Eschbacher & Eschbacher
Attentive Legal Problem-Solving For Your Alaska Family
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What am I supposed to do if I can’t make child support anymore?

Every parent wants to do right by their child. Whether you are the primary caregiver, are the one picking them up and dropping them off from school or are there as financial support, every bit of parenting counts. Helping financially in the form of child support can become complicated, however, especially if you suddenly can no longer make your payments.

If you recently lost your job, incurred an unexpected new expense or for some other reason are truly no longer able to provide the same amount of financial support, then you will need to make arrangements for it right away. These are a few ways you can remedy this problem.

Making a motion to modify child support

First and foremost, the best ally you can have on your side in a situation like this is an experienced family law attorney. They will look at the facts of your predicament and find the best solution for your specific circumstances.

One of the most straightforward ways to modify your child support payment is to request it to the court with a Motion to Modify. In Alaska this will cost you $75 or may be waived entirely if you are low income. This motion will allow you to change several things, including child support, visitation and custody, as well as spousal maintenance and property division.

As outlined by Alaska law, there must be a good reason to request such a change; a reason significant enough to affect your child’s best interests, in fact. Two of the main reasons a judge will consider a modification include:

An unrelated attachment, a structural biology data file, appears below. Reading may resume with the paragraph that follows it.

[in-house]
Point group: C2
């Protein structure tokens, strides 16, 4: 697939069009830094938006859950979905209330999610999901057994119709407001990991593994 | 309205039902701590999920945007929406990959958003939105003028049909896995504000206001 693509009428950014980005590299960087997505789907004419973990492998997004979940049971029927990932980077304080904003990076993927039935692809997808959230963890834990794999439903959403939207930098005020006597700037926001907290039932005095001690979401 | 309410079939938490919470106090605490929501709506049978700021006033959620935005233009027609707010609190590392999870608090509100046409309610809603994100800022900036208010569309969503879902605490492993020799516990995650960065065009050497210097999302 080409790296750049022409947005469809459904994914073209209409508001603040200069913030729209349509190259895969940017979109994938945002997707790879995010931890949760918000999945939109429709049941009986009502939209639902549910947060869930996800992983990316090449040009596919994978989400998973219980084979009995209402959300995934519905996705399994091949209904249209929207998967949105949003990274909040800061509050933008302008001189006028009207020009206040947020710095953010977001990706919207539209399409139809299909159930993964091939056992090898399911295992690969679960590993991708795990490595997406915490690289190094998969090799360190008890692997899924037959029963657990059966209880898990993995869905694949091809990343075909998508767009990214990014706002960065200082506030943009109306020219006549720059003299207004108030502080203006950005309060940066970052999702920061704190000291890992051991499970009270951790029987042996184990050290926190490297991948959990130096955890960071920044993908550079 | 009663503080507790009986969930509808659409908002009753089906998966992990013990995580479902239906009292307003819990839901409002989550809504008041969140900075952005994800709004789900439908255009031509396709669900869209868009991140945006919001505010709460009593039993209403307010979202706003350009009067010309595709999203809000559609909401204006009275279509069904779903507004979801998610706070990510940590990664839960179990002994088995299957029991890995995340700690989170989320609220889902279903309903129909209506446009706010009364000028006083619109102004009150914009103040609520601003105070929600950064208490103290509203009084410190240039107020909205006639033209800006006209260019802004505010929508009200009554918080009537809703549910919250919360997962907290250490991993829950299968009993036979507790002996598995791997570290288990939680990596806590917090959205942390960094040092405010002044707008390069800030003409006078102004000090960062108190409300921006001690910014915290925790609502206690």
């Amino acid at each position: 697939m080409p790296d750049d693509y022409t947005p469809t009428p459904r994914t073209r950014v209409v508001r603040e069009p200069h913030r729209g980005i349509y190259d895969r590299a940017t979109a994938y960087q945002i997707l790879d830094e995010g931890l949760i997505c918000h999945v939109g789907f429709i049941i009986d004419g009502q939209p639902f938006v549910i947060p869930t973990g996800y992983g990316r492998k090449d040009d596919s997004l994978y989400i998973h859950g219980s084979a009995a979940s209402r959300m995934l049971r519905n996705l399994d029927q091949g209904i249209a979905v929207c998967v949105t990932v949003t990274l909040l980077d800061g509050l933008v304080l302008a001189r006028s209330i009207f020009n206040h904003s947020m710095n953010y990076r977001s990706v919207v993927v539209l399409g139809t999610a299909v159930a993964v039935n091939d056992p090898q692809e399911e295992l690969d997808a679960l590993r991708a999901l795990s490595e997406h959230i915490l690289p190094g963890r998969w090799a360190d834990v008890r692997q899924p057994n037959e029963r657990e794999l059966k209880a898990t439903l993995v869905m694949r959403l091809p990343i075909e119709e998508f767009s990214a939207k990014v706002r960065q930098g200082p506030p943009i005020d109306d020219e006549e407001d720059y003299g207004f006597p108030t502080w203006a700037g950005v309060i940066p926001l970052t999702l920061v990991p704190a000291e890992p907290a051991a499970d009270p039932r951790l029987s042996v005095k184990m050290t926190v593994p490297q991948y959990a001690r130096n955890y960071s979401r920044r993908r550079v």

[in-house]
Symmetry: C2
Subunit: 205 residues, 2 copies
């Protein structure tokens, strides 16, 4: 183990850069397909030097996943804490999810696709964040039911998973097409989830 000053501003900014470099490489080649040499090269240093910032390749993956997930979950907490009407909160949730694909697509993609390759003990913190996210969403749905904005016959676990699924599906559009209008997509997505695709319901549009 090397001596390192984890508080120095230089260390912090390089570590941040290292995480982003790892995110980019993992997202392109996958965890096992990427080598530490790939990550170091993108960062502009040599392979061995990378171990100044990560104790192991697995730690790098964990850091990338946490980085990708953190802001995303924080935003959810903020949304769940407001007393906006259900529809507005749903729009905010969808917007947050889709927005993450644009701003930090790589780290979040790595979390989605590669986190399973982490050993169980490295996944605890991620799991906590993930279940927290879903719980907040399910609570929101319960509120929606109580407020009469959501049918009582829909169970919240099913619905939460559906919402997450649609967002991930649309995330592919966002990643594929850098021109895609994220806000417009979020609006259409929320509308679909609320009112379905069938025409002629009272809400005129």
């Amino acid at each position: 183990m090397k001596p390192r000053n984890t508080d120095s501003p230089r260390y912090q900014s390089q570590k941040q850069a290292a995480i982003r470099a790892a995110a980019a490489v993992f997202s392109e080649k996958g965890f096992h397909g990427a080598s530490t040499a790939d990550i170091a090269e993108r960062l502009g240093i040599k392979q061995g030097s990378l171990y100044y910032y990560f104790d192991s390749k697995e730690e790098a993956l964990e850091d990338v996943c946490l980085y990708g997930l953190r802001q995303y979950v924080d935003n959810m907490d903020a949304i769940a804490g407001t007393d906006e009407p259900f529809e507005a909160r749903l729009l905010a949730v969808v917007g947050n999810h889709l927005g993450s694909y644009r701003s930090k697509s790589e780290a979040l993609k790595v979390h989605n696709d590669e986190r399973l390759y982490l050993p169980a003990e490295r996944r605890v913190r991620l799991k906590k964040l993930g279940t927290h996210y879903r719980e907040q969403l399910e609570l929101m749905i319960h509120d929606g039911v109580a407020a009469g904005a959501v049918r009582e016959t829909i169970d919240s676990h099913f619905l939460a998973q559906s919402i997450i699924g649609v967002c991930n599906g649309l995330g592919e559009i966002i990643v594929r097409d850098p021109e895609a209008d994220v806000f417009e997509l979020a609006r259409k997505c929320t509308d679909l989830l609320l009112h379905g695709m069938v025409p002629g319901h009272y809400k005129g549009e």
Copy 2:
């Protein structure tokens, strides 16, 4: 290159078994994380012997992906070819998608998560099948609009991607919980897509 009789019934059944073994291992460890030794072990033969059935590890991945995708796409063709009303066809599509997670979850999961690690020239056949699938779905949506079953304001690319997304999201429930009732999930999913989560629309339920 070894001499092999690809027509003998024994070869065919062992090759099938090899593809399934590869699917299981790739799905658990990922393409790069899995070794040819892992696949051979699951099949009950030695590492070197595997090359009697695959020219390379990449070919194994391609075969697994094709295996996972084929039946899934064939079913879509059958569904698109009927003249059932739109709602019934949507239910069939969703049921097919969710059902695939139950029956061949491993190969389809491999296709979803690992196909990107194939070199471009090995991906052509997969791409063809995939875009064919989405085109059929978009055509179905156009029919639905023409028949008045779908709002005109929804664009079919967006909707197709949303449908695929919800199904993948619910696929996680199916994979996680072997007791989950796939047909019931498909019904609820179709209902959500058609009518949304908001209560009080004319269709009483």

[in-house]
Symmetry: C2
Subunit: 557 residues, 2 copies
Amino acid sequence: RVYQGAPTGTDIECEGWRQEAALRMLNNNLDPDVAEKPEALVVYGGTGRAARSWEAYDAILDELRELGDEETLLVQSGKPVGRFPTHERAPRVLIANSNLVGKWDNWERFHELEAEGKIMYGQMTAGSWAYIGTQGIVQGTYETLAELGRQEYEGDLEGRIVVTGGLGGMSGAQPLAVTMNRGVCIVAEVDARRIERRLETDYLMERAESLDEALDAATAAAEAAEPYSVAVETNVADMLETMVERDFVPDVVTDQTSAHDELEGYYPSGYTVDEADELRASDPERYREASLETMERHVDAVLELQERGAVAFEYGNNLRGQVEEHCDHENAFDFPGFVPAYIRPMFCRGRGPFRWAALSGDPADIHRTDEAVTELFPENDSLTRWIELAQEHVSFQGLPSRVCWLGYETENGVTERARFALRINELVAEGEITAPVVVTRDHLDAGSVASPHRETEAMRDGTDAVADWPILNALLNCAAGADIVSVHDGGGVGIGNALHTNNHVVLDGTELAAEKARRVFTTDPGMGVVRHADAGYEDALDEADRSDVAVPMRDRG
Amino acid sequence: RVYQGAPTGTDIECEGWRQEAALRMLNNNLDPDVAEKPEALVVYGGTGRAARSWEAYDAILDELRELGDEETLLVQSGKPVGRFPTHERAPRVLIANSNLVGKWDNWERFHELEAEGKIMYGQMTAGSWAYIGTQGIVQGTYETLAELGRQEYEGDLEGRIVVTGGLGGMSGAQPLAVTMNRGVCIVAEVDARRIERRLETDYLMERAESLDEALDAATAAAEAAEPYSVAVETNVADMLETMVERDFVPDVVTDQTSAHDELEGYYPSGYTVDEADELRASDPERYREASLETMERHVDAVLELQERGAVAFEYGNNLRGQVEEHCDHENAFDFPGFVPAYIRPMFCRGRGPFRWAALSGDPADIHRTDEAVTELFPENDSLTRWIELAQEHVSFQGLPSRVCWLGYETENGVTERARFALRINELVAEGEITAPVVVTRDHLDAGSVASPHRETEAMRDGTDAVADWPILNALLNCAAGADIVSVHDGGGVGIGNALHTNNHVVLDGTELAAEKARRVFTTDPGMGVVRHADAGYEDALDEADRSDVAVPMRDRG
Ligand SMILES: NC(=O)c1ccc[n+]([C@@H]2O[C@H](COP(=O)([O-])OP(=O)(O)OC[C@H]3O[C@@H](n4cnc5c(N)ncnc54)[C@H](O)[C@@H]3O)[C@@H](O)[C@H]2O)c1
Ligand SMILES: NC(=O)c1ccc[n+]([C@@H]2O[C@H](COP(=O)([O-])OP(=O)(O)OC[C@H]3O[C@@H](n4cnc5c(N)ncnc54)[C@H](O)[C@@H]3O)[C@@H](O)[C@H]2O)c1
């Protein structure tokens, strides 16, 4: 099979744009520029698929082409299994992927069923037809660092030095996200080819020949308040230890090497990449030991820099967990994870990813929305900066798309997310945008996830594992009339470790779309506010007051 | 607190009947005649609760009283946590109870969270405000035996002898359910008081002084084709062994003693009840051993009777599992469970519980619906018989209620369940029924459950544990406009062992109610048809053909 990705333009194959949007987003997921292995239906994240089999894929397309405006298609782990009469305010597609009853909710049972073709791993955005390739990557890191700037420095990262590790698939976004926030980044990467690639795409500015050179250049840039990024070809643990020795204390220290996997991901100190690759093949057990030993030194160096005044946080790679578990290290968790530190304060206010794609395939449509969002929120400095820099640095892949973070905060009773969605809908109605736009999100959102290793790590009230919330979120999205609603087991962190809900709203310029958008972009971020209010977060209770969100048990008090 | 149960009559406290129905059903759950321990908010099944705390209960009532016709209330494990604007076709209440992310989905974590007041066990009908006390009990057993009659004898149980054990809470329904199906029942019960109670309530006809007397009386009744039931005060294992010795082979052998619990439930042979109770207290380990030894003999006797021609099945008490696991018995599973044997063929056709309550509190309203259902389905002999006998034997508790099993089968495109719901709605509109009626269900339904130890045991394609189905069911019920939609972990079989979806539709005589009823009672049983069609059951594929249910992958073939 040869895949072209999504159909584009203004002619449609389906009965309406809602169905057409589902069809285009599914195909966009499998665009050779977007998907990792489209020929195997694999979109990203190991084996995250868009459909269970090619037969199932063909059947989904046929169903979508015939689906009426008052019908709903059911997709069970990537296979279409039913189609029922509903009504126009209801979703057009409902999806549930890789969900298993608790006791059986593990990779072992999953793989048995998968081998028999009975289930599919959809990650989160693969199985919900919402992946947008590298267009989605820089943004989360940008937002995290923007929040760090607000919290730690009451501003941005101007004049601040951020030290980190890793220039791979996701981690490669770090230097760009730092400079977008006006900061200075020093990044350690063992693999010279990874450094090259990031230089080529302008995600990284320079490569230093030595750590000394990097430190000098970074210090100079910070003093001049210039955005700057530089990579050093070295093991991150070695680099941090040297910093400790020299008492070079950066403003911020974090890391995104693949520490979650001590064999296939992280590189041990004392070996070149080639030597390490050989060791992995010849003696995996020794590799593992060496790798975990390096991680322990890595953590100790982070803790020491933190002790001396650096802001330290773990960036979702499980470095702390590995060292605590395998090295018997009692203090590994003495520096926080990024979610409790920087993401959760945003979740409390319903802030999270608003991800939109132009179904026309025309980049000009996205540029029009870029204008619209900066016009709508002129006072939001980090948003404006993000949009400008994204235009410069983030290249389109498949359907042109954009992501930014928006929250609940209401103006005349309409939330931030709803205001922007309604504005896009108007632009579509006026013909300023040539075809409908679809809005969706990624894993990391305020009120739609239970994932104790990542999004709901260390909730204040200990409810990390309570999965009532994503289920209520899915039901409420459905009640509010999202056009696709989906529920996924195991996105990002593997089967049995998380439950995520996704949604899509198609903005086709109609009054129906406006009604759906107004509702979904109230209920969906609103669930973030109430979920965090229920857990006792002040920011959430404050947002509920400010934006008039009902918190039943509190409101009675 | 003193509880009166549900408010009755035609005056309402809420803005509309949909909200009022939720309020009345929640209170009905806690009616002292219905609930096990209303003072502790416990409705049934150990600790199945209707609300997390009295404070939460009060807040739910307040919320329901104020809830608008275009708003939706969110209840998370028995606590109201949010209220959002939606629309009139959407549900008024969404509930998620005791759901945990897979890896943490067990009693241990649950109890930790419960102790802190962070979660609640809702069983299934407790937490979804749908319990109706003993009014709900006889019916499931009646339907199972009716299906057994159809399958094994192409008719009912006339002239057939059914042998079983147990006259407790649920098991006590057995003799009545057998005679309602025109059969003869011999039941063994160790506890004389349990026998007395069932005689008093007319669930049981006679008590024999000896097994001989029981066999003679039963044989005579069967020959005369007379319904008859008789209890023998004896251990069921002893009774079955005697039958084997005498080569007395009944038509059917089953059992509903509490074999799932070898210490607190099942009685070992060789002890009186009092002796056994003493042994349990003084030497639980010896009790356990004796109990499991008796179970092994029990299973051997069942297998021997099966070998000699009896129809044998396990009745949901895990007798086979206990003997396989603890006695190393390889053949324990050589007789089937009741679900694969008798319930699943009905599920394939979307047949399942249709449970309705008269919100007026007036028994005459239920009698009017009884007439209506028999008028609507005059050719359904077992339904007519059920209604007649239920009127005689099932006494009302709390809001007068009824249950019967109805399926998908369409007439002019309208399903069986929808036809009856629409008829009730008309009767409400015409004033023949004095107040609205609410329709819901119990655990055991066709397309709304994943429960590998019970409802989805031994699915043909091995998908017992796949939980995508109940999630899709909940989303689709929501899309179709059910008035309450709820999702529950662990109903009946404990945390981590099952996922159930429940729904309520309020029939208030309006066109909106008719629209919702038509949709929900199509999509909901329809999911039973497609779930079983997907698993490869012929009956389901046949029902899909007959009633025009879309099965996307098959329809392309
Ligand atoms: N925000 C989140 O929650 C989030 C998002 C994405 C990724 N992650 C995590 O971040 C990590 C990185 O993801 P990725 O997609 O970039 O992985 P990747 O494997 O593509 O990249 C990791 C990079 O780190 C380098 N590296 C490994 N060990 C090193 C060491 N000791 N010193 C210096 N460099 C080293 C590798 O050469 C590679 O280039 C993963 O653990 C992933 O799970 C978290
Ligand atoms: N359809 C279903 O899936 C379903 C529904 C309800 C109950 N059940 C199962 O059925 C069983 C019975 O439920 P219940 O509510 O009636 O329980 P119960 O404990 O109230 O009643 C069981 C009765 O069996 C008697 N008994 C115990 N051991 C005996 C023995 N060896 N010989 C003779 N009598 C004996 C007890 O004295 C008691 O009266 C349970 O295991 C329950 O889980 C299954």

• There has been at least a 15 percent change in your income
  • There has been a change in your parenting plan that has shifted custody from primary to shared

What this means is that when there is a significant decrease in your income, or when you are granted more parenting time, you may work with the court to lower your monthly child support payments accordingly.

While it does not work in every situation, taking more parenting duties can be a very viable solution to lowering your child support payments. If the other parent agrees, the two of you may modify your parenting plan to give you a more time with your child. The court recognizes that parenting time and financial support are both paramount to a child’s development and will likely reduce your payments.

Whatever solution you consider, remember that a relationship with both parents is instrumental to a child’s development; this is a fact supported by the court and most parents alike. Try to move forward with your little one’s best interests in mind.

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